This post is by contributing writer Ellen Spector Platt!
Name: Ellen Spector Platt
Title: See Your Corner of the World Differently
On the 18th floor rooftop of a Manhattan condo building, I design plant and tend an all-container garden. Each year I search for something new and interesting, if not for the other 99 unit owners, then for me who lives there too. City kids are often estranged from the natural world, and I wanted to tempt kids in the building to see their corner of the world differently.
So I bought three black cotton plants (Gossypium herbaceum ‘Nigra’) at a L.I. Nursery and planted them among other annual colorful annuals like Lantana and Million Bells. Black refers to the color of the leaves, actually dark burgundy, not the color of the cotton itself. They spent the summer growing slowly in the sun, blooming and forming small bolls. By mid-September I lured disbelieving children and their parents to see the cotton bursting out of the pods.
Denial all around that what I had grown could actually be the source of the T-shirts most of us were wearing.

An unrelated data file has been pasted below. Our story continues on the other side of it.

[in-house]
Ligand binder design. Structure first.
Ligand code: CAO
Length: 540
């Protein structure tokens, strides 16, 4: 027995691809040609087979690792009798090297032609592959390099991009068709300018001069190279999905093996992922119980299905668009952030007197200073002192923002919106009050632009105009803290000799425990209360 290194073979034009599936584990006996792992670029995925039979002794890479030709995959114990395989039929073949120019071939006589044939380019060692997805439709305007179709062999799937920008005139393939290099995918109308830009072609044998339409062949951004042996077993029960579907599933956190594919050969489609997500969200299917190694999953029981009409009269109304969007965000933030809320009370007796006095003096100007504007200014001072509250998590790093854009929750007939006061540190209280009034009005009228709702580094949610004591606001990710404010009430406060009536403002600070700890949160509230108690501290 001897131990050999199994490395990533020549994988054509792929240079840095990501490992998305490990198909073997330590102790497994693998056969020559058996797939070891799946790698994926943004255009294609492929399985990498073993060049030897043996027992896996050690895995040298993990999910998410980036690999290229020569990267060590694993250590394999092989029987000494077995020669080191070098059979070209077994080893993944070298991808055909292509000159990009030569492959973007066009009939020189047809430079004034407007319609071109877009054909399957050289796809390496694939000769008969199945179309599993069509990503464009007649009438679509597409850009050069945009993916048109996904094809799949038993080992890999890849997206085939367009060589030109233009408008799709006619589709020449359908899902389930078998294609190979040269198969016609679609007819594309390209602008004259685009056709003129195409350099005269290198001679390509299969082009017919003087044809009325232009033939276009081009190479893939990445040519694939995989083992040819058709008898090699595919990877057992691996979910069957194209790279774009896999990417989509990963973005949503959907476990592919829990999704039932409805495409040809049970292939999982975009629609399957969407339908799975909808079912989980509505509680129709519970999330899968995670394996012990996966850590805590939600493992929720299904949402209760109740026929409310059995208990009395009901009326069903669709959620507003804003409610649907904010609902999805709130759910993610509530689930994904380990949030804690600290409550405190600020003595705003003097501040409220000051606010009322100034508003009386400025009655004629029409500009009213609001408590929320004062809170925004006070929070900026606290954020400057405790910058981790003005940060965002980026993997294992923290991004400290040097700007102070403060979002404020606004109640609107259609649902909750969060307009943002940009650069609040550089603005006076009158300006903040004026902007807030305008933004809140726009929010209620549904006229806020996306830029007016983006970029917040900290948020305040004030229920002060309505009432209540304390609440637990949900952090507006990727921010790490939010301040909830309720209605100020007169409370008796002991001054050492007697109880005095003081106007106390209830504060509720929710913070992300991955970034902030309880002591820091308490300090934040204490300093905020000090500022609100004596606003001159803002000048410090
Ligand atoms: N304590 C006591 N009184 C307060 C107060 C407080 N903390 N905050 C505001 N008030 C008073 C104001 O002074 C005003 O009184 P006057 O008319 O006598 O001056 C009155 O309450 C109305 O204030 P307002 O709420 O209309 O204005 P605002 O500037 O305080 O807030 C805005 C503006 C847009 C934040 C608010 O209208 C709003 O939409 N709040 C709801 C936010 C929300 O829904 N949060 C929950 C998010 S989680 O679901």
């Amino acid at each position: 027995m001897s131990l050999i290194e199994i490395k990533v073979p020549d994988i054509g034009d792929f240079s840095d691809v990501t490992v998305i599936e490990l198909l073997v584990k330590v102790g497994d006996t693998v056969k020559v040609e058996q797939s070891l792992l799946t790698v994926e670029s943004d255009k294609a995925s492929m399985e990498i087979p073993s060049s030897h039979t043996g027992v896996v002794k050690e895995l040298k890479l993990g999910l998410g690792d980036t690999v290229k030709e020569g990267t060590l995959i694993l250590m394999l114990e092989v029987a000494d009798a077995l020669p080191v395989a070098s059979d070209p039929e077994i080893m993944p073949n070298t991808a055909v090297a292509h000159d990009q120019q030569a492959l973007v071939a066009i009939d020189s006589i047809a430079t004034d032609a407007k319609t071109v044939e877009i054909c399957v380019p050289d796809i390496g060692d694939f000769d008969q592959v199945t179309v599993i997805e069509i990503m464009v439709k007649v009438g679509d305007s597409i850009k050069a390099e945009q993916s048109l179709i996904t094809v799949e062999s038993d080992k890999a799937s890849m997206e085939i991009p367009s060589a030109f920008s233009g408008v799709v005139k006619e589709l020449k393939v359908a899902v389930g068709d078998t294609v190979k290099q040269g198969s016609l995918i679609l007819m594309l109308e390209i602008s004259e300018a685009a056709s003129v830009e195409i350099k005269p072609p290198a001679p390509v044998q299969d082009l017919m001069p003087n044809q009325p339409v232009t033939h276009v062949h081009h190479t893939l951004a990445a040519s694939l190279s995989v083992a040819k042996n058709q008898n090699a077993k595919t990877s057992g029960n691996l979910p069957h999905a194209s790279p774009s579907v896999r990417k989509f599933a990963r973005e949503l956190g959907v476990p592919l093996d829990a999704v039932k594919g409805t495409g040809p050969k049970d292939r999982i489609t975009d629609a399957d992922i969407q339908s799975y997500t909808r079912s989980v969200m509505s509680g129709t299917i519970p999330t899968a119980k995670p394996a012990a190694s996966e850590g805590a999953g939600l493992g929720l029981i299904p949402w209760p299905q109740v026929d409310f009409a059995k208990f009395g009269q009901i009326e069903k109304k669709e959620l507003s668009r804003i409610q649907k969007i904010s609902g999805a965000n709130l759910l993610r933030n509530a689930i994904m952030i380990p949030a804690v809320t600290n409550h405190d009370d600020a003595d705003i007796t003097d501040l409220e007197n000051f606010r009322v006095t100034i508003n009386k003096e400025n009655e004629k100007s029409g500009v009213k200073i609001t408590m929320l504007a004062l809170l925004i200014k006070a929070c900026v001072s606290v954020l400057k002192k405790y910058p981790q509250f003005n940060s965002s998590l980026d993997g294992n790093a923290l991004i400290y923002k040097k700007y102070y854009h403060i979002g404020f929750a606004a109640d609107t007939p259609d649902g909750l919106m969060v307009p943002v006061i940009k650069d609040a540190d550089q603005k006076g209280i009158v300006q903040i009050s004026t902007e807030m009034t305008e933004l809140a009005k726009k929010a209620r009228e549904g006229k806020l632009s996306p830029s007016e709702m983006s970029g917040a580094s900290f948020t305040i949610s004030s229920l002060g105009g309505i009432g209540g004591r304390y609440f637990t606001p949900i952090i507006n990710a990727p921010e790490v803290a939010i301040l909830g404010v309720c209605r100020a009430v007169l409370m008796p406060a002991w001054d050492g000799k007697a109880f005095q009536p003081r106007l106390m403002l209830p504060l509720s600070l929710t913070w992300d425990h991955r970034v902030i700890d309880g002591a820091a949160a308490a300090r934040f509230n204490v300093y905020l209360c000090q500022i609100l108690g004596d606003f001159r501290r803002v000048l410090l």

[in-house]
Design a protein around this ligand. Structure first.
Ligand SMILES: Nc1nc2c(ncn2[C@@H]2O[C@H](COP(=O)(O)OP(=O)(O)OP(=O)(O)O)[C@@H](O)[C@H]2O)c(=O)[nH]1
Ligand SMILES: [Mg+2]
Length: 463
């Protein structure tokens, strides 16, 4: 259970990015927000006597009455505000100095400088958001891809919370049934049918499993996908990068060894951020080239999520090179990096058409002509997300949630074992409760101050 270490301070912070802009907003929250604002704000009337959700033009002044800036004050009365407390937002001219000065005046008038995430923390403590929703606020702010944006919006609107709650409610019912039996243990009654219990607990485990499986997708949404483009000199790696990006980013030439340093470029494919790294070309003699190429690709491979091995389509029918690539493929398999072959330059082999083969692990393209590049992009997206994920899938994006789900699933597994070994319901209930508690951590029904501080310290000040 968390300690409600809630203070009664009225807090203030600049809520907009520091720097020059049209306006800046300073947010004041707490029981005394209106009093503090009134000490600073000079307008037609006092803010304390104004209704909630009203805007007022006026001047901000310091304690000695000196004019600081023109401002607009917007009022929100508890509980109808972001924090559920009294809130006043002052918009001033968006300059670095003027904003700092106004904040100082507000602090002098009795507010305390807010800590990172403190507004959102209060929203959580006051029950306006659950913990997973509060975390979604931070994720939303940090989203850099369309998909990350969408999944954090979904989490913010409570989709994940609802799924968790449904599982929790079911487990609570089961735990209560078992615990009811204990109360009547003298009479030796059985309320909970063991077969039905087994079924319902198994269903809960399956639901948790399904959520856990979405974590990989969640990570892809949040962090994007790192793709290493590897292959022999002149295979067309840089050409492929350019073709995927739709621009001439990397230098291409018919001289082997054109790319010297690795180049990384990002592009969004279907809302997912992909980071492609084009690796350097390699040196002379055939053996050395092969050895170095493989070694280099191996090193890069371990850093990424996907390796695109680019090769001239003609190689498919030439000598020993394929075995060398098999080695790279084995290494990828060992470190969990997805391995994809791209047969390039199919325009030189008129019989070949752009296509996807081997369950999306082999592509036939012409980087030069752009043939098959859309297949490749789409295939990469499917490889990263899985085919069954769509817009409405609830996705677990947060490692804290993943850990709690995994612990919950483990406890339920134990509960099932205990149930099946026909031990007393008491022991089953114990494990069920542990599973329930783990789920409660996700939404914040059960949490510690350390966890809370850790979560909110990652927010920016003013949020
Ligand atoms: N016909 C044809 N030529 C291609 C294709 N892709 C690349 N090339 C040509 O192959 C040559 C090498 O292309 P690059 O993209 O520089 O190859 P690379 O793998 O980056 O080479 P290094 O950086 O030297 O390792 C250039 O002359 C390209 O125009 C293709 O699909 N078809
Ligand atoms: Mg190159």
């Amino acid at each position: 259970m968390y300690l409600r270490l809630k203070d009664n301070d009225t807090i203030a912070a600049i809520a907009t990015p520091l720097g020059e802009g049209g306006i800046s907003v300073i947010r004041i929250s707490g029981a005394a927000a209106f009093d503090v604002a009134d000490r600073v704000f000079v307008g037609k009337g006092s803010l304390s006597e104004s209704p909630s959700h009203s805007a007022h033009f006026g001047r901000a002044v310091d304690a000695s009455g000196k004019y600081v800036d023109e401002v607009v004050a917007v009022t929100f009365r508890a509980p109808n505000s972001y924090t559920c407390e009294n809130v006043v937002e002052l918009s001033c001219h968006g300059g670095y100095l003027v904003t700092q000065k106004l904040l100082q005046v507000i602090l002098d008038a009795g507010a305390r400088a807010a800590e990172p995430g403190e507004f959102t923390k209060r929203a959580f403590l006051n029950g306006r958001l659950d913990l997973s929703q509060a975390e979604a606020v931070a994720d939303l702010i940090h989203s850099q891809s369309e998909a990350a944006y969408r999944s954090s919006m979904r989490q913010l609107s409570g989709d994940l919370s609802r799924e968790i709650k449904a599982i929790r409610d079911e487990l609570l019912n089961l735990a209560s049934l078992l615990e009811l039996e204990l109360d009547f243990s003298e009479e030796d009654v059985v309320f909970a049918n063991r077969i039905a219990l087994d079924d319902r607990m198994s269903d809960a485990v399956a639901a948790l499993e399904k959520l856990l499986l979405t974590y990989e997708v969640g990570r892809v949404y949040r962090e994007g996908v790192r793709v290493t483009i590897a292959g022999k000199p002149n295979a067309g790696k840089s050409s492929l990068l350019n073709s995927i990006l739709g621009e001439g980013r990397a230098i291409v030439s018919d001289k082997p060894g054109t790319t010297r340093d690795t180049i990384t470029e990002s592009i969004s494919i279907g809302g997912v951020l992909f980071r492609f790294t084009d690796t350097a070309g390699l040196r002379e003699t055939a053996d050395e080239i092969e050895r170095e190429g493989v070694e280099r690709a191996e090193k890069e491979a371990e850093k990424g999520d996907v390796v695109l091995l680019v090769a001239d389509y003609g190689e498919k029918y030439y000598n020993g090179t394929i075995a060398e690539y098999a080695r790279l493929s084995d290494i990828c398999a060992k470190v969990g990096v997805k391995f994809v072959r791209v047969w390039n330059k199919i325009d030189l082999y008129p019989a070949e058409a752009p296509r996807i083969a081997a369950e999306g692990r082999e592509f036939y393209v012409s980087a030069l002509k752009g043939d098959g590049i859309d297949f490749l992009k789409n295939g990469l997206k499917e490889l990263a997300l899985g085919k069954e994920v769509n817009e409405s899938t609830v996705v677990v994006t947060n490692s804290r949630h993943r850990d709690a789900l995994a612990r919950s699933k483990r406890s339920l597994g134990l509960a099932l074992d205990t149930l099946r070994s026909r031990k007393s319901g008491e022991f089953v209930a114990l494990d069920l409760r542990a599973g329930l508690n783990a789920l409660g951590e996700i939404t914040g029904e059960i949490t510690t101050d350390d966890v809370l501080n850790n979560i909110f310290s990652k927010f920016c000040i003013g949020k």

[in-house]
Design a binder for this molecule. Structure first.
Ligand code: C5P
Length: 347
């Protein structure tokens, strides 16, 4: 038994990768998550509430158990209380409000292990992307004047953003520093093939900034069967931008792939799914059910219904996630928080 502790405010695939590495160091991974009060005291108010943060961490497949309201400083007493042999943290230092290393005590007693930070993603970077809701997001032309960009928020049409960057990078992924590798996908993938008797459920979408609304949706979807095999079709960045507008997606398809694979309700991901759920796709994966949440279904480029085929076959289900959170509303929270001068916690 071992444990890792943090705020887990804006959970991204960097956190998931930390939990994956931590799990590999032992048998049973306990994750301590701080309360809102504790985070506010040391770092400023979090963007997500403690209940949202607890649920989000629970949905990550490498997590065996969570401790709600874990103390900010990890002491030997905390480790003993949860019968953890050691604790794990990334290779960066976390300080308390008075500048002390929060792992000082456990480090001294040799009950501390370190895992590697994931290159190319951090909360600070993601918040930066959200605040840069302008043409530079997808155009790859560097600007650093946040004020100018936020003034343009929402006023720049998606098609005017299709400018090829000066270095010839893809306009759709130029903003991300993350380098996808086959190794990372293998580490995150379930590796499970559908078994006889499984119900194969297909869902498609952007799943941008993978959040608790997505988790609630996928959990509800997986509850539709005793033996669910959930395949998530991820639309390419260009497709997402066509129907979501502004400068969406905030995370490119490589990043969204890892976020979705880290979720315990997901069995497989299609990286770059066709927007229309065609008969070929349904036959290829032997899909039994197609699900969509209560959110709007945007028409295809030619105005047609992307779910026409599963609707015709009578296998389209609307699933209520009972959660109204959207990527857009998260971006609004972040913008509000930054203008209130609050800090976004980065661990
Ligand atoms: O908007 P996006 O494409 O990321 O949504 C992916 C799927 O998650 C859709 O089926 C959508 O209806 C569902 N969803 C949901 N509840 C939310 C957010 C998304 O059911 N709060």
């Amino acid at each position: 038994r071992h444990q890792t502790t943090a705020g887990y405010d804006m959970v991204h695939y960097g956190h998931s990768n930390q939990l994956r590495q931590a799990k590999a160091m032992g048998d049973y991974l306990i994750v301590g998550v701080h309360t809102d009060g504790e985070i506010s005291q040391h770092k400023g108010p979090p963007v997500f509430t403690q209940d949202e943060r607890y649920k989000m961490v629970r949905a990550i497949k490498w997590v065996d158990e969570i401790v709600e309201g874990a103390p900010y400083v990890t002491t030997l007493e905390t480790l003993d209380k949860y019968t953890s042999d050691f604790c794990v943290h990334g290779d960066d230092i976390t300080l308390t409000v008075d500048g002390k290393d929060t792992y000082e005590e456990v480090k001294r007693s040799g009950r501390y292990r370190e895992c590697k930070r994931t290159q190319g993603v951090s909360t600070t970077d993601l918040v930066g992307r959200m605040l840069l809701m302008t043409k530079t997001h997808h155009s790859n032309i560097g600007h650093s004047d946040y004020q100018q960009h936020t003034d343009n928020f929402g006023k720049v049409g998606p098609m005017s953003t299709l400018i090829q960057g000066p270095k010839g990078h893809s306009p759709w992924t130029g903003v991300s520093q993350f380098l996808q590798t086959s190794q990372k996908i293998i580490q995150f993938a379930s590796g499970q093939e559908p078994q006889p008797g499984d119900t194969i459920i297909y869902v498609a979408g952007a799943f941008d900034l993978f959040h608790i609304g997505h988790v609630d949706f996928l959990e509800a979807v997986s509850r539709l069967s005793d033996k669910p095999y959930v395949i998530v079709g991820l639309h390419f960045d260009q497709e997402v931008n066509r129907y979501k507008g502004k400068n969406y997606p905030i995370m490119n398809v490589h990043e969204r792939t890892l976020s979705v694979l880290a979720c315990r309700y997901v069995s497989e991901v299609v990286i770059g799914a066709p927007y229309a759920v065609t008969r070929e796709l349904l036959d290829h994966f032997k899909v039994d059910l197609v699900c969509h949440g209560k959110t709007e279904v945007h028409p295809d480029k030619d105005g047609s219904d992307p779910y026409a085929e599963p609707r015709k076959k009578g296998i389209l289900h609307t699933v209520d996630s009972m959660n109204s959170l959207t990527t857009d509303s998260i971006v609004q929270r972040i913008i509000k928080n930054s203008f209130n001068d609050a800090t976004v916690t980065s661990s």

Just before frost, I pressed some of the beautiful ivy-shaped leaves and used them along with purple flowering plum leaves also growing on the roof in a collage I was making using found materials. Other found materials included some purple wax strips cut from a cave aged gouda cheese and some bamboo skewers that once held chicken satay on a flight home from Ireland on Aer Lingus.
I used one cotton boll in a collage I call ‘Grandma’s Sewing Box’ combining it with items I found after my Mother died.
Cotton that I grew, her things; I love the symmetry.
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To see more collages in my new book ‘Artful Collage from Found Objects’ visit my garden blog, Garden Bytes from the Big Apple. While your there, search in the index for other collage images as well.